A recent O’Reilly survey shows that 25% of businesses plan to move all their applications to the cloud within the next year. More and more businesses are leveraging the many benefits of the cloud including cost savings, increased security, greater flexibility, and increased performance. But if you’ve decided to move your important business data and applications to the cloud, you should also have a comprehensive application migration testing strategy in place.
Cloud-based solutions have become an important part of IT for organizations as they ditch traditional server rooms for virtualized IT infrastructure. But many companies still need the security that comes with an on-site data center. Now, they’re looking at hybrid cloud technologies seeking to maximize the benefits of both the public and private cloud.
Gartner reports that global spending on cloud IT infrastructure is expected to reach $104 billion by 2024. This comes as more and more organizations leverage the benefits of the cloud including optimized IT costs, increased security, and reliability. In fact, over the last decade, many businesses have moved from physical on-site data centers to virtualized data center solutions as server virtualization has become an industry-standard practice.
Infrastructure as a Service (IaaS) is a cloud-based service that delivers processing power, storage, and network infrastructure to businesses on an as-needed basis. It is a scalable alternative to a traditional data center that allows businesses to avoid the cost of provisioning and maintaining their own physical IT infrastructure.
Desktop as a service (DaaS) is a cloud-based solution for deploying virtual desktops to end-users. The virtual desktop infrastructure (VDI) is hosted by a third-party cloud provider who handles the deployment, management, and maintenance from their data center. Virtual desktops can be deployed to any location and various types of end-user devices.
The number of 'as a service' platforms has increased rapidly in recent years, after starting with the basics, like Software as a Service and Platform as a Service. With this trend, saying 'Anything as a Service' doesn't seem to be an understatement. Hidden in this long list of 'aaS' providers are many services you can use to keep your business more competitive. What's so great about so many "as a service" programs is that you're able to access various business functions through the cloud 24x7.
Cloud adoption by financial institutions has been on the rise. According to PwC, by 2020 core financial services like credit scoring, statements management, payments, and billing will use the cloud for processing and computing. From retail banking to collection agencies to asset management and investment banking, the cloud provides many use cases to bring scalability, cost savings and higher security to financial institutions.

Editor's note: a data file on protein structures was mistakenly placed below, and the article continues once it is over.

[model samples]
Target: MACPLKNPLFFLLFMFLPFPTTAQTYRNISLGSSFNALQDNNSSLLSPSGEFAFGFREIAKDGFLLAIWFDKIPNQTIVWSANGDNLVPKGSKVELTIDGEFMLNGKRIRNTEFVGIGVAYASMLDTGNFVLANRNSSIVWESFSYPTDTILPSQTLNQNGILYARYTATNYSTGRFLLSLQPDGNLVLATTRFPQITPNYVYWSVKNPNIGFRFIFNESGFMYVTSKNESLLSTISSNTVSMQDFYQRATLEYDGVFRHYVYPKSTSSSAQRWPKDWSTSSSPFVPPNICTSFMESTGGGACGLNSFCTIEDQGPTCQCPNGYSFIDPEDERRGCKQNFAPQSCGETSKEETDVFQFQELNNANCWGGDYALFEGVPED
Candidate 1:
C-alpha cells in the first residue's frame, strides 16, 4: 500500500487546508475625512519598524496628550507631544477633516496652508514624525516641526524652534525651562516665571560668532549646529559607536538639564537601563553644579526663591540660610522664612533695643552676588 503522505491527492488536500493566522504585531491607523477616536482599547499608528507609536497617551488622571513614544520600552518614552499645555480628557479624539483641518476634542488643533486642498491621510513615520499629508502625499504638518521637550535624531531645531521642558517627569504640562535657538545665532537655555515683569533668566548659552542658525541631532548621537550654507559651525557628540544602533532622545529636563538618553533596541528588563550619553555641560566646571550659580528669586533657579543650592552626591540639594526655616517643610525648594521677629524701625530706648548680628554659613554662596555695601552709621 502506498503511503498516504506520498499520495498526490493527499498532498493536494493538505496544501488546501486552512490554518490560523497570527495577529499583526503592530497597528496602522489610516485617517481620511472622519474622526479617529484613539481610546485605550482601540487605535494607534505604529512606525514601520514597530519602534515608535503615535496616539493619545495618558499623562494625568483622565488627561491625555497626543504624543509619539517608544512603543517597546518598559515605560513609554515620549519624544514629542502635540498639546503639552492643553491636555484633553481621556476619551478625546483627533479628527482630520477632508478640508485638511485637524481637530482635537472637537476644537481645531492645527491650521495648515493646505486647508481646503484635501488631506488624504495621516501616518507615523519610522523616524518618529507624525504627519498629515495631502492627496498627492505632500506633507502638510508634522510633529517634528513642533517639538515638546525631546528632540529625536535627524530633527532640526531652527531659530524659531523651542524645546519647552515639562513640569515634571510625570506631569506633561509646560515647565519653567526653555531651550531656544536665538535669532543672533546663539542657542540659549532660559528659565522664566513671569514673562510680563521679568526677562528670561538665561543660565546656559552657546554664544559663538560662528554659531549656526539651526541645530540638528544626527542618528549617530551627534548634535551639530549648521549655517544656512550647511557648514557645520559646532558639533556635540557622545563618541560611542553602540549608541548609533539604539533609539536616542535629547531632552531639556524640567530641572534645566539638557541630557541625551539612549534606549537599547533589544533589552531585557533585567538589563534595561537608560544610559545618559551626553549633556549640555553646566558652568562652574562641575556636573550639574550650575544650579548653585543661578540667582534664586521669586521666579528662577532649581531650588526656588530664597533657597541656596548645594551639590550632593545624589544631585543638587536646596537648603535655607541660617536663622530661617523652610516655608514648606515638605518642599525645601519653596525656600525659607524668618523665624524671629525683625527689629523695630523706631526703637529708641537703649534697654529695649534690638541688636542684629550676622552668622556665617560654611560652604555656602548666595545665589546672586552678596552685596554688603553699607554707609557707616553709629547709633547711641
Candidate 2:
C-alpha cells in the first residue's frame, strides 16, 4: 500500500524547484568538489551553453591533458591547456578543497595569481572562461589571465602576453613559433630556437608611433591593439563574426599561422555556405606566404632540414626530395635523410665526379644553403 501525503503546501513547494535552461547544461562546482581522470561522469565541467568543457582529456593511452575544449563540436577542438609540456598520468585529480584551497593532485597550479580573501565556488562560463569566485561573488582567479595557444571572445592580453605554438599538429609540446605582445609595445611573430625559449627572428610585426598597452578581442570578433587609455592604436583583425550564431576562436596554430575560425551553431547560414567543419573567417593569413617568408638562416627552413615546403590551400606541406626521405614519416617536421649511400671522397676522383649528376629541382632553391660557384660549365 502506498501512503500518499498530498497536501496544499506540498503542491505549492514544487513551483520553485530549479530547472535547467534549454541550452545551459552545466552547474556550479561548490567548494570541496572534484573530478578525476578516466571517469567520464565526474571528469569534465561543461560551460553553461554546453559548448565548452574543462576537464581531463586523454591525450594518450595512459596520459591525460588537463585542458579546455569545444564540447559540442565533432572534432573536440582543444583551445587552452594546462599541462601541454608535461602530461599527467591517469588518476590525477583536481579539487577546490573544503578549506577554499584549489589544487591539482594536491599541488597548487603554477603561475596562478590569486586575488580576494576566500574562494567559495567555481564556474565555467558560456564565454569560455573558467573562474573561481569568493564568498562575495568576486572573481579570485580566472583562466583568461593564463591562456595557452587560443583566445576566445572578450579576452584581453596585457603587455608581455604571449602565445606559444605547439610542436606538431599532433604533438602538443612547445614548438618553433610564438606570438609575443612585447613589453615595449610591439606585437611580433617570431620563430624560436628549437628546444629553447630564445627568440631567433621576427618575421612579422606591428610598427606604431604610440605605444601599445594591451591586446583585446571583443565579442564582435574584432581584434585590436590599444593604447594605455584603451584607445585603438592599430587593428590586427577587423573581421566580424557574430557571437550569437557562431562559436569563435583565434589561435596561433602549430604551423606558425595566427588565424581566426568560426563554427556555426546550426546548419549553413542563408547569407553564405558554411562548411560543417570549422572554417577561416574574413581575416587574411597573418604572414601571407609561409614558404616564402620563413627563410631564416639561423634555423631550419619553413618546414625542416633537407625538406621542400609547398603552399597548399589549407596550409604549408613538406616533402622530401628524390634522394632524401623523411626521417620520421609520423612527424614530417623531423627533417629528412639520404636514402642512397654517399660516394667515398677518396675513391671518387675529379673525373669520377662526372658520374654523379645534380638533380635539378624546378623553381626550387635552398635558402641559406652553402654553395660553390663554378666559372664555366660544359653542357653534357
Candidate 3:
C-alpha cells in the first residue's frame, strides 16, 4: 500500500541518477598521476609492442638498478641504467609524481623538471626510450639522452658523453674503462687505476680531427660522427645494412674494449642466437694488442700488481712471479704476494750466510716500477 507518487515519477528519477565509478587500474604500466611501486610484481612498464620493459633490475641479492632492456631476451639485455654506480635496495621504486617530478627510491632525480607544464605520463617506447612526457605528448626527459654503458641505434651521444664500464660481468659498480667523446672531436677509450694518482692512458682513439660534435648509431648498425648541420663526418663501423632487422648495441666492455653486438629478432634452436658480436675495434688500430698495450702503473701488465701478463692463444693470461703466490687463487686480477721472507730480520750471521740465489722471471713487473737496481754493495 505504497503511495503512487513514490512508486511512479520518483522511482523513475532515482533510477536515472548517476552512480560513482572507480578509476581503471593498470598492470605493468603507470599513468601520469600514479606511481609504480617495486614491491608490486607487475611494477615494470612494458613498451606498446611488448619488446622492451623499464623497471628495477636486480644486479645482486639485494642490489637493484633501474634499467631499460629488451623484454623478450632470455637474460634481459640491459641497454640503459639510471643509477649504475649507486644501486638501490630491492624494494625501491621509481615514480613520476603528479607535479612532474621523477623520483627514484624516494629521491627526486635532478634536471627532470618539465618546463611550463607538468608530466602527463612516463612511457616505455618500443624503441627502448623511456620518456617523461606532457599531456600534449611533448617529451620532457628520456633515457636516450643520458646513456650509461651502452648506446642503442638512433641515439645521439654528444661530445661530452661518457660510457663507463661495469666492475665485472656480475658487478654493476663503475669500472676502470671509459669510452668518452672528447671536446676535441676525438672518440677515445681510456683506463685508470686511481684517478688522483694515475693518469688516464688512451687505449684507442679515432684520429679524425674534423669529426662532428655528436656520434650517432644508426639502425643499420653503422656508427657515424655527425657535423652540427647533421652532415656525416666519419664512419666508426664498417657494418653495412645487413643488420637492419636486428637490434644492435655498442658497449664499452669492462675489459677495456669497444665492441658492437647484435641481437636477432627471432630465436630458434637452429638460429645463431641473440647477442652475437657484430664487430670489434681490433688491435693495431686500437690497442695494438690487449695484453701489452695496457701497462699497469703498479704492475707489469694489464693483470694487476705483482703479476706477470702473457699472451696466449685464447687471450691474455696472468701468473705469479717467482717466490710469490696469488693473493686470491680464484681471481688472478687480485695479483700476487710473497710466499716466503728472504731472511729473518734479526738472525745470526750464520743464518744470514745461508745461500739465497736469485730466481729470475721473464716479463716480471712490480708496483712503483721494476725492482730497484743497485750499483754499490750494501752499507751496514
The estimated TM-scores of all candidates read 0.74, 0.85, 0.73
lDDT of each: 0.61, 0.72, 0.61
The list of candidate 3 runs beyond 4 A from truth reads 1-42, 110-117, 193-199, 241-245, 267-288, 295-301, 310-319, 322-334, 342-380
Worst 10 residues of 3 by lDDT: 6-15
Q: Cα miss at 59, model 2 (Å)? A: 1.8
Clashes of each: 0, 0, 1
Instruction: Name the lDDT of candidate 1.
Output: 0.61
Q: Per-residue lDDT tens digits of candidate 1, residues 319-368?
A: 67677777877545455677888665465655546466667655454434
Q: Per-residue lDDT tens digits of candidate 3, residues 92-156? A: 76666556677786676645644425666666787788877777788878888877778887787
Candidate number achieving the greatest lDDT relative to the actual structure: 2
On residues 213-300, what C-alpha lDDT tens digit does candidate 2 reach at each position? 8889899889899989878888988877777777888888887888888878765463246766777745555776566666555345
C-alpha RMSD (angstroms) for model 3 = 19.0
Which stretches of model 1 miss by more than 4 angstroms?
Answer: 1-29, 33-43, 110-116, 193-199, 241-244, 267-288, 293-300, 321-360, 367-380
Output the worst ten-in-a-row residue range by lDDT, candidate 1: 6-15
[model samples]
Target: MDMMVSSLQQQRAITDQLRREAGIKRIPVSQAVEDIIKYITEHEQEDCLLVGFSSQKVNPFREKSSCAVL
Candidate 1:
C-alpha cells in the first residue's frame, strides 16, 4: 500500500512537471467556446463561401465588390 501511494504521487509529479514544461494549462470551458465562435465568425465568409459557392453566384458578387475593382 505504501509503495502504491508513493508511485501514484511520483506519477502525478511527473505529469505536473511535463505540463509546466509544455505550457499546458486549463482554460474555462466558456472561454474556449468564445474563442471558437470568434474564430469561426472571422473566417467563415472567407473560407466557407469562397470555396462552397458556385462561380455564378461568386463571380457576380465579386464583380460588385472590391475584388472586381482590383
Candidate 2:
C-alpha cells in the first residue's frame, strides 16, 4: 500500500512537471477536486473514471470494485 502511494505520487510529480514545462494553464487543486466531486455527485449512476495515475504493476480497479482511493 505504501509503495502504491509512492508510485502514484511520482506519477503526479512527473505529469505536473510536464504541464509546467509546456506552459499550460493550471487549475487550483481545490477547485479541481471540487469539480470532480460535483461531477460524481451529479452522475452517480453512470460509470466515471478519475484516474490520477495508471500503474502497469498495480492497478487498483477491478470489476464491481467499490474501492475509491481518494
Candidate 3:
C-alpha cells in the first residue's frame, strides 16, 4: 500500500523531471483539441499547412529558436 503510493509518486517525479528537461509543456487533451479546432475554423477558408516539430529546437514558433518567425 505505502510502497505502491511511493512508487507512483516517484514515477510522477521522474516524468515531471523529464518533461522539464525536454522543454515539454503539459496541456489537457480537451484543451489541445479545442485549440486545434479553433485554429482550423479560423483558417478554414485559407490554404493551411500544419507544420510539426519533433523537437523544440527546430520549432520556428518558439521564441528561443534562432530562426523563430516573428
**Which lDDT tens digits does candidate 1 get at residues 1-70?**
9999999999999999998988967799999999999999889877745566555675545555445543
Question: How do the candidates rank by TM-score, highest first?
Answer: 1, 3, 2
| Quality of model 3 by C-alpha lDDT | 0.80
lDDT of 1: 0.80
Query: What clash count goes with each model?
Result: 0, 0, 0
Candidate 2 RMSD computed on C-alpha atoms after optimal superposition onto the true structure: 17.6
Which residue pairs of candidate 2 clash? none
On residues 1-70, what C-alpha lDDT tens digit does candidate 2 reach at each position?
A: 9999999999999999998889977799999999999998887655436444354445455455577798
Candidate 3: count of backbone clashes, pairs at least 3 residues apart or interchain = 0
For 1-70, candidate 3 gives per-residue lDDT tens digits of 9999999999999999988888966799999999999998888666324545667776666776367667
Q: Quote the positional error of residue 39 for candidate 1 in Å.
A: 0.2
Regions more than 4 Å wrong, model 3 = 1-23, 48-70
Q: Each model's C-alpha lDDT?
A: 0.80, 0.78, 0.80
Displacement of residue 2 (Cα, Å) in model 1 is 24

The largest financial institutions have already adopted cloud technology. But it’s not just the J.P. Morgan’s or Bank of America’s of the world. Smaller financial institutions are finding the same benefits in cloud computing and cybersecurity practices that enterprises are leveraging. Here are 7 reasons financial institutions need cloud computing and cybersecurity.
1. Cost Savings
Financial institutions are leveraging the cloud to move IT operations to an operating expense model (OpEx). IT hardware and underlying infrastructure is expensive, and financial institutions are concerned about the rising costs associated with running data centers. Additionally, on-premise data centers are difficult to scale, and any growth requires large capital expenditures. Instead, hybrid cloud strategies allow banks and collection agencies to safeguard mission-critical data in the cloud without the high cost and maintenance that typical on-premise centers come with.
In today’s digitized world, cyberattacks are inevitable if businesses aren’t proactive in their protection. Regardless of business size, it’s only a matter of time before organizations become victims due to the absence of cloud computing and security solutions. In fact, 81% of cyberattacks affect small to medium-sized businesses, simply because they lack cloud knowledge.
Topics: Cloud Computing, Backup, Cloud Security, Cloud Storage, healthcare, Cybersecurity, SIEM, Intrusion Detection and Prevention, Office 365 Backup, Cloud Solutions, Identity Management, Security as a Service
Imagine the following scenario. You’re sitting at a coffee shop, getting some work done. While you look away, someone comes by and steals your computer. You probably wouldn’t be too happy about this; that computer is worth a lot of money, and you need it to get important things done. Now what if you’re sitting at a coffee shop, getting some work done, and instead of stealing your computer, someone in the coffee shop is stealing information about what you’re doing? What could that data be worth?
Businesses today face new challenges, many of which didn't exist a decade or two ago. Disruptions in traditional supply chains, as well as slimmer margins, are pushing businesses to find intelligent ways to meet their operational needs, including with regard to telecommunications. UCaaS, short for Unified Communications as a Service, addresses these concerns.